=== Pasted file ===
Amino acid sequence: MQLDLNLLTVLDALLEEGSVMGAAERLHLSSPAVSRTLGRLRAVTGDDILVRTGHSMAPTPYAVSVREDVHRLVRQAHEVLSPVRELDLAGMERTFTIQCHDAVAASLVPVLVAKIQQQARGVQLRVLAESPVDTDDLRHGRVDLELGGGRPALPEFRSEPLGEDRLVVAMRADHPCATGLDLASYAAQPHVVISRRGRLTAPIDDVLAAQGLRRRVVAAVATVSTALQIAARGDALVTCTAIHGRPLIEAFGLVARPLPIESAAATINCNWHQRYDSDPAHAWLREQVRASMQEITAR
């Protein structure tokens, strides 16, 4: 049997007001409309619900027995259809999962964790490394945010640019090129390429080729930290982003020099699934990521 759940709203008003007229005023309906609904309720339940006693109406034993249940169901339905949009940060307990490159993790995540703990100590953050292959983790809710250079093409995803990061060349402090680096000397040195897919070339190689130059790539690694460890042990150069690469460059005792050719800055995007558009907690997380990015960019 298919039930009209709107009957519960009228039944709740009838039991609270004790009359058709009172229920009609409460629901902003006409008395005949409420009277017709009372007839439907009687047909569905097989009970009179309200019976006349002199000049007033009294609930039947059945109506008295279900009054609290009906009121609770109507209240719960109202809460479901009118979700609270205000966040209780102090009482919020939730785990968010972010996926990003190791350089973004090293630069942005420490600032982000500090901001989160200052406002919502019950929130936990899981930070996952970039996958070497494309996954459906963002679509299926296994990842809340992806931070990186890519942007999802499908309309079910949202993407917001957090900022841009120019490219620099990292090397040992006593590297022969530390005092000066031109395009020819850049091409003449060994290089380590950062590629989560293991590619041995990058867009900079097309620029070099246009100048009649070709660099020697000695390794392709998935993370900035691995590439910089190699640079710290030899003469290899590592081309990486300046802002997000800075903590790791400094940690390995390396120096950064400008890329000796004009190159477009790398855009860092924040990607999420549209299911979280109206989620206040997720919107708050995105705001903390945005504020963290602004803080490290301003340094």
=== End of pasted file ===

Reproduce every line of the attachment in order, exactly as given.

Amino acid sequence: MQLDLNLLTVLDALLEEGSVMGAAERLHLSSPAVSRTLGRLRAVTGDDILVRTGHSMAPTPYAVSVREDVHRLVRQAHEVLSPVRELDLAGMERTFTIQCHDAVAASLVPVLVAKIQQQARGVQLRVLAESPVDTDDLRHGRVDLELGGGRPALPEFRSEPLGEDRLVVAMRADHPCATGLDLASYAAQPHVVISRRGRLTAPIDDVLAAQGLRRRVVAAVATVSTALQIAARGDALVTCTAIHGRPLIEAFGLVARPLPIESAAATINCNWHQRYDSDPAHAWLREQVRASMQEITAR
């Protein structure tokens, strides 16, 4: 049997007001409309619900027995259809999962964790490394945010640019090129390429080729930290982003020099699934990521 759940709203008003007229005023309906609904309720339940006693109406034993249940169901339905949009940060307990490159993790995540703990100590953050292959983790809710250079093409995803990061060349402090680096000397040195897919070339190689130059790539690694460890042990150069690469460059005792050719800055995007558009907690997380990015960019 298919039930009209709107009957519960009228039944709740009838039991609270004790009359058709009172229920009609409460629901902003006409008395005949409420009277017709009372007839439907009687047909569905097989009970009179309200019976006349002199000049007033009294609930039947059945109506008295279900009054609290009906009121609770109507209240719960109202809460479901009118979700609270205000966040209780102090009482919020939730785990968010972010996926990003190791350089973004090293630069942005420490600032982000500090901001989160200052406002919502019950929130936990899981930070996952970039996958070497494309996954459906963002679509299926296994990842809340992806931070990186890519942007999802499908309309079910949202993407917001957090900022841009120019490219620099990292090397040992006593590297022969530390005092000066031109395009020819850049091409003449060994290089380590950062590629989560293991590619041995990058867009900079097309620029070099246009100048009649070709660099020697000695390794392709998935993370900035691995590439910089190699640079710290030899003469290899590592081309990486300046802002997000800075903590790791400094940690390995390396120096950064400008890329000796004009190159477009790398855009860092924040990607999420549209299911979280109206989620206040997720919107708050995105705001903390945005504020963290602004803080490290301003340094």